Irish contribution to space race to go on display to public

Experiment developed by Dublin scientists flew to the moon in 1972 with Apollo 16

Professor Denis OSullivan is set to donate his Apollo 16 experiment equipment to the National Museum of Ireland today. He recalls an era when telegrams were used by scientists to update their colleagues. Video: Darragh Bambrick

Fri, Jan 17, 2014, 11:24

A small part of the 1960s space race will soon go on display in Ireland, an experiment that flew to the moon in April 1972 with Apollo 16. Irish scientists devised and developed the experiment with colleagues in California.

At noon today those scientists, Prof Denis O’Sullivan and Prof Alex Thompson of the Dublin Institute for Advanced Studies, presented it to the National Museum at a ceremony at the Natural History Museum on Merrion Square, Dublin.

“We had suggested the experiment for Apollo 13 but it didn’t fly to the moon until the Apollo 16 mission,” Prof O’Sullivan said. “We developed the idea while I was at Berkeley.”

Although based in Dublin, Prof O’Sullivan has been involved in international space-related research for more than four decades. He was a post-doctoral researcher at Berkeley in 1969 and was among the first to study moon rock samples carried back by Neil Armstrong.


Cosmic rays
He is an expert in cosmic rays, the high-energy particles given off by supernova star explosions and other sources in deep space. These can cause damage to human tissue and so were a matter of some concern to the US and other space agencies.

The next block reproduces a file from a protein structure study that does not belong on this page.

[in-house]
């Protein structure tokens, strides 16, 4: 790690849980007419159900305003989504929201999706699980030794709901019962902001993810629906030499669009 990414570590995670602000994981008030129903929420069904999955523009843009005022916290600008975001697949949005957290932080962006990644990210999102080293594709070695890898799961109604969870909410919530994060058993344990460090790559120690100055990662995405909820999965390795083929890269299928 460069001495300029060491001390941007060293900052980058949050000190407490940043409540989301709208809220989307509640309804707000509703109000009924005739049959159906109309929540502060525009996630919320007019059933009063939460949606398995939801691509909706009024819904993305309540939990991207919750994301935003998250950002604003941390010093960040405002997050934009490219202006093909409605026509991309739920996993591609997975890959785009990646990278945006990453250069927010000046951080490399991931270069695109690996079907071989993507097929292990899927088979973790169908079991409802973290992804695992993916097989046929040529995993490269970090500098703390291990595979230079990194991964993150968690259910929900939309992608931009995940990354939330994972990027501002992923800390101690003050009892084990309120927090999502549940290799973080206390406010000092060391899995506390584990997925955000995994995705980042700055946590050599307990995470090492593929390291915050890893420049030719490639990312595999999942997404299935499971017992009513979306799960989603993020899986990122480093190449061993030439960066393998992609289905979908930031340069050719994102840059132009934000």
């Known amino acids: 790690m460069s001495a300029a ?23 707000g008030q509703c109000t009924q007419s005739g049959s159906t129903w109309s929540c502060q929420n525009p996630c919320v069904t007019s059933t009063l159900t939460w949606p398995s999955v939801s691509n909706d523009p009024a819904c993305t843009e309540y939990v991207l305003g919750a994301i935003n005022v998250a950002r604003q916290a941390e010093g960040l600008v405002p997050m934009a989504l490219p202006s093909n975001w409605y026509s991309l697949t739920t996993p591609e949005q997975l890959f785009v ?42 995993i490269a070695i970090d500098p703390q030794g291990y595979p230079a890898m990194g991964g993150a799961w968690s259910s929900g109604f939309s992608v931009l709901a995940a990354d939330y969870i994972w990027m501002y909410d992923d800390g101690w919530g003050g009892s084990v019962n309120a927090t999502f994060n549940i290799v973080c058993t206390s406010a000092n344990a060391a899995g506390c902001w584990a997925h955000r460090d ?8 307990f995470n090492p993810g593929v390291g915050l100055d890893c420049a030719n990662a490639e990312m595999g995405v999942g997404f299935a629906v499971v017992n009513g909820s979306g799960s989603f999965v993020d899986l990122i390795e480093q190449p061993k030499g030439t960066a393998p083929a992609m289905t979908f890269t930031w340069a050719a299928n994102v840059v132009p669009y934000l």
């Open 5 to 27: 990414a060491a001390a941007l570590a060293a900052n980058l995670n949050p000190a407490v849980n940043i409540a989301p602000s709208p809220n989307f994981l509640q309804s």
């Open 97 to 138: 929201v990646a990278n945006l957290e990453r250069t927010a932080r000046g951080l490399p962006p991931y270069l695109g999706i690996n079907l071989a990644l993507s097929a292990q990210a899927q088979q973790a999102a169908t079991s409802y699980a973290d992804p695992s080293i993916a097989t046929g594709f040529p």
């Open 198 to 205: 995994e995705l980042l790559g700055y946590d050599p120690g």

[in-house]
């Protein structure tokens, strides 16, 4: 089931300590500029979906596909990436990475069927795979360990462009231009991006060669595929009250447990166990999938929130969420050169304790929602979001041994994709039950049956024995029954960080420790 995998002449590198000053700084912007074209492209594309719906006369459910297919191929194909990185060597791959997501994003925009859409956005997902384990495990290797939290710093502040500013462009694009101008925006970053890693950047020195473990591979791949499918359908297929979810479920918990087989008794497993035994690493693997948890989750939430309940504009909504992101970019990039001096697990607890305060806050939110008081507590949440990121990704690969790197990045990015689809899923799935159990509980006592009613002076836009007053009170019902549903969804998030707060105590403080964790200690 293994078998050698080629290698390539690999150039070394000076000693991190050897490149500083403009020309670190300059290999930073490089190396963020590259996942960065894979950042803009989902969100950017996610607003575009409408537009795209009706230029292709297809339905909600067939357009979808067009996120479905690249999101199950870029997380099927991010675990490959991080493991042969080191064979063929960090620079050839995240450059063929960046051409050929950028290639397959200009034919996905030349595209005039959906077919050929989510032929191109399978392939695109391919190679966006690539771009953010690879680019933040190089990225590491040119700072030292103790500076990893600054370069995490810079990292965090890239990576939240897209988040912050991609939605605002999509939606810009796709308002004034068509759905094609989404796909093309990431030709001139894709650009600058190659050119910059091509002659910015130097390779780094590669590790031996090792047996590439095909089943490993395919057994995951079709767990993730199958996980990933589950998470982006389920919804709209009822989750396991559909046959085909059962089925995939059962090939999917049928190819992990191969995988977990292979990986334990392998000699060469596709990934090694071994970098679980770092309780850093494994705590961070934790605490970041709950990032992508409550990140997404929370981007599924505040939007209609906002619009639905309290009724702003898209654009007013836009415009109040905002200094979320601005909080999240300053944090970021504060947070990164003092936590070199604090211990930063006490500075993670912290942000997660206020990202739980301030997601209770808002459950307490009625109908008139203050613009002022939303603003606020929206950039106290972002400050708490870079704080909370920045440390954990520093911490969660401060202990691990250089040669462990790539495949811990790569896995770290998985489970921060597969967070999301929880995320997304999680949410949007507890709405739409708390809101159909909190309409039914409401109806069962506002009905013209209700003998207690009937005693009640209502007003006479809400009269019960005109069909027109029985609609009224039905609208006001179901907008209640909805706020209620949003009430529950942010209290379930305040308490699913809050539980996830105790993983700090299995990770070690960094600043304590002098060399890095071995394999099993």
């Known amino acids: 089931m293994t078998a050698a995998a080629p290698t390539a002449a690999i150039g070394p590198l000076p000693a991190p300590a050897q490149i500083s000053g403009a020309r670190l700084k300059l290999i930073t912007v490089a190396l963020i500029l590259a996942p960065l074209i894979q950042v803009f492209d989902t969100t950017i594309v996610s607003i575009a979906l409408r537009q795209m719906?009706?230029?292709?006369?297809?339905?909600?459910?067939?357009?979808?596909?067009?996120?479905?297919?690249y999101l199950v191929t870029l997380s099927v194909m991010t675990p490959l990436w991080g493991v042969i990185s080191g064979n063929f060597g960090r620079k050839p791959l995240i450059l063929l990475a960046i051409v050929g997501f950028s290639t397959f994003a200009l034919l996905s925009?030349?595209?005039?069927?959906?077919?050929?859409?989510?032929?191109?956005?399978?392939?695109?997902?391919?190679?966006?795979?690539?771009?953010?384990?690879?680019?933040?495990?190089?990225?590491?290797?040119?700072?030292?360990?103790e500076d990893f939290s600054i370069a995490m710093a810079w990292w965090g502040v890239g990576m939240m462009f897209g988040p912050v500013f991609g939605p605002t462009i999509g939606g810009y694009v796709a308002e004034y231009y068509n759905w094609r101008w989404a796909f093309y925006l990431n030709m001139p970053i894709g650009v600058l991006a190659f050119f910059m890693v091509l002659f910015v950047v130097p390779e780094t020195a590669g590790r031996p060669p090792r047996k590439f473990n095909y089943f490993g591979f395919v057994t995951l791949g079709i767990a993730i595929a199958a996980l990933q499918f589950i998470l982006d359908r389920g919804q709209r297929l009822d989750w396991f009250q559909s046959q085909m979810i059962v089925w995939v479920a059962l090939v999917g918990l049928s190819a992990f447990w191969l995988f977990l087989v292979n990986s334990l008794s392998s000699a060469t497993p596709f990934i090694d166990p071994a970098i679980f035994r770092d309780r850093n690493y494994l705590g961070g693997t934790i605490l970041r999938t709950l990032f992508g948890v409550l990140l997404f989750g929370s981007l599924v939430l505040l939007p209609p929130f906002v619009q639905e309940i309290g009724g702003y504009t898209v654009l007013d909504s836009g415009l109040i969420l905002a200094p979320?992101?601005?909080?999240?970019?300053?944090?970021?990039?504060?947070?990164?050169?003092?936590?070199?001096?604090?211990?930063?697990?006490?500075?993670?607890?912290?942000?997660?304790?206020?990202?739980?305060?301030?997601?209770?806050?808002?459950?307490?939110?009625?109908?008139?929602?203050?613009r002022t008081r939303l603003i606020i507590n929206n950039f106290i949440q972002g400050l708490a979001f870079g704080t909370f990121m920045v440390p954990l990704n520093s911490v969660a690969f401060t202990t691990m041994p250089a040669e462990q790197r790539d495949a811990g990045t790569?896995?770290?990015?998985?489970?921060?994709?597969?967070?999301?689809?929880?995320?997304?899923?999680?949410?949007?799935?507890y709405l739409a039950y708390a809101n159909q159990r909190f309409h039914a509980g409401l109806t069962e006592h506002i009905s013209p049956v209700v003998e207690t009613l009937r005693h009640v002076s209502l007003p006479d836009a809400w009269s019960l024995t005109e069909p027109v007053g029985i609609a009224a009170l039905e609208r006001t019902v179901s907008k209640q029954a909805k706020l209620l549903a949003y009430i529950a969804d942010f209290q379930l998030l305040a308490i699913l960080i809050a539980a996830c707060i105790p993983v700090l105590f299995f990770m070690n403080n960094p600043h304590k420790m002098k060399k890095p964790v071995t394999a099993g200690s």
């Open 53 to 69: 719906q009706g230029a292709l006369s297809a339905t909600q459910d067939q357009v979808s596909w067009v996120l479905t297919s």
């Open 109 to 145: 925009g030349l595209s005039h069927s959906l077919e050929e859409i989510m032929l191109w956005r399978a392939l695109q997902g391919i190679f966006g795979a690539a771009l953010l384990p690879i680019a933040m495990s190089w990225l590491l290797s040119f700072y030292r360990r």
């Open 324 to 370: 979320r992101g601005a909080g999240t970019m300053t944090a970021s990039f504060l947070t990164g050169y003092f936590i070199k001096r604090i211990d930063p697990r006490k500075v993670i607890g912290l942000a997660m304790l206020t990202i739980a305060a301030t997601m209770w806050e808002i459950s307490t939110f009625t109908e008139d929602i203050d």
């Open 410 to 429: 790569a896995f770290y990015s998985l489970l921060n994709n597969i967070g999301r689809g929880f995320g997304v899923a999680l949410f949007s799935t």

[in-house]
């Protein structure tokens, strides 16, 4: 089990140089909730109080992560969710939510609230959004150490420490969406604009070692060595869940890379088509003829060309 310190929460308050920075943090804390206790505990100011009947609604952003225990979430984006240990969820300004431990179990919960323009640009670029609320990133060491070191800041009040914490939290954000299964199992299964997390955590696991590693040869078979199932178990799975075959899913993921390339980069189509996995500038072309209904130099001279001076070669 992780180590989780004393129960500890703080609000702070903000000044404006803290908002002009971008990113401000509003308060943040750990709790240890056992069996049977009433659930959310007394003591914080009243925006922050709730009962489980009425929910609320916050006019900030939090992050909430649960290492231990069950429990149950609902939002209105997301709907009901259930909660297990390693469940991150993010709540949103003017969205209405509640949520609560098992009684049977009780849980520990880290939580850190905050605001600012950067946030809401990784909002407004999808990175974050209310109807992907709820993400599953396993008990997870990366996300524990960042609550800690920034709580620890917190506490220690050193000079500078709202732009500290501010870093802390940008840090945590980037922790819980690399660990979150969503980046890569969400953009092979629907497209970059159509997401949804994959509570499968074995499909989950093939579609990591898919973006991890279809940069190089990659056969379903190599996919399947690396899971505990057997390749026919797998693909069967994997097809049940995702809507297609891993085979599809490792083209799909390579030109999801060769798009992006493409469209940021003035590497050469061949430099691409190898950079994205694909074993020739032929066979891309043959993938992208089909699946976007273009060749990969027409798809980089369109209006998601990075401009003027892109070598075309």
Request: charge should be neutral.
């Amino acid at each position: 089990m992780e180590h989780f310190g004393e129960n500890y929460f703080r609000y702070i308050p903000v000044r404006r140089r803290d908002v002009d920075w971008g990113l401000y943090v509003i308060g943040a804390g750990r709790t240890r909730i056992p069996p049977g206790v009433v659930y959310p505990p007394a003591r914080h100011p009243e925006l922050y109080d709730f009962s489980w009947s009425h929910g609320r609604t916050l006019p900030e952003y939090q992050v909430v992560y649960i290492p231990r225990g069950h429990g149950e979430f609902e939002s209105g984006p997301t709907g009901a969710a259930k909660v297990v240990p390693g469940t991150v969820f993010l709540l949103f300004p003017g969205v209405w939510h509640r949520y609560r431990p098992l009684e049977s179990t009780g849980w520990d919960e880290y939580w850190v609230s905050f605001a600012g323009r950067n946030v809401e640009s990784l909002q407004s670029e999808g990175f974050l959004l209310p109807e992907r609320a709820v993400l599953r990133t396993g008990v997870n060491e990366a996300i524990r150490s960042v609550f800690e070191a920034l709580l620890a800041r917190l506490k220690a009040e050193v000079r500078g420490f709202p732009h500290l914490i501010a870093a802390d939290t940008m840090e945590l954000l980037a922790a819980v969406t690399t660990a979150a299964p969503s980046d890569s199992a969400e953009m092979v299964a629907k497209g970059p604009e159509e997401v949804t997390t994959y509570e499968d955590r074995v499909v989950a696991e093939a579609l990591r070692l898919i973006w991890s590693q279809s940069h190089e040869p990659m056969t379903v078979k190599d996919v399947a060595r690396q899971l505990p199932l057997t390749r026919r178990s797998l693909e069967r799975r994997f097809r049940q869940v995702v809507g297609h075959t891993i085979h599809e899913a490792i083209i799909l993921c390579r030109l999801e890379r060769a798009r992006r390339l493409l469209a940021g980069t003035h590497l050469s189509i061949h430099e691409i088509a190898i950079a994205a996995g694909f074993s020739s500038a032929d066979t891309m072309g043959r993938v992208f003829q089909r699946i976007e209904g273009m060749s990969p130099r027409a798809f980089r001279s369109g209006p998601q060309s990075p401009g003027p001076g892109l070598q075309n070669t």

While it was possible to measure them on the Earth’s surface, the flight controllers had no idea what exposures to these rays might be like away from the Earth’s protective magnetosphere, Prof O’Sullivan said. His colleagues at Berkeley, led by Prof P Buford Price, were interested in other damaging particles, those coming from the sun as solar particles.

“I was back in Ireland at that stage and we split the experiment,” Prof O’Sullivan said. “The Dublin Institute did the cosmic ray aspect of it and Berkeley did the solar flares.”

Prof Thompson worked with him on the Dublin side. They used what look like no more than plastic rectangles, which if hit by a cosmic or solar particle would leave a tiny track.

These detectors flew with the astronauts on Apollo 16.

“It was hung outside the landing module, attached to one of its feet. It was left outside for several hours and then brought back to Earth so we could study the tracks,” he said. “We carried out the very first cosmic ray analysis from outside the Earth’s magnetosphere while on the moon.”

These detectors are to be presented to the museum.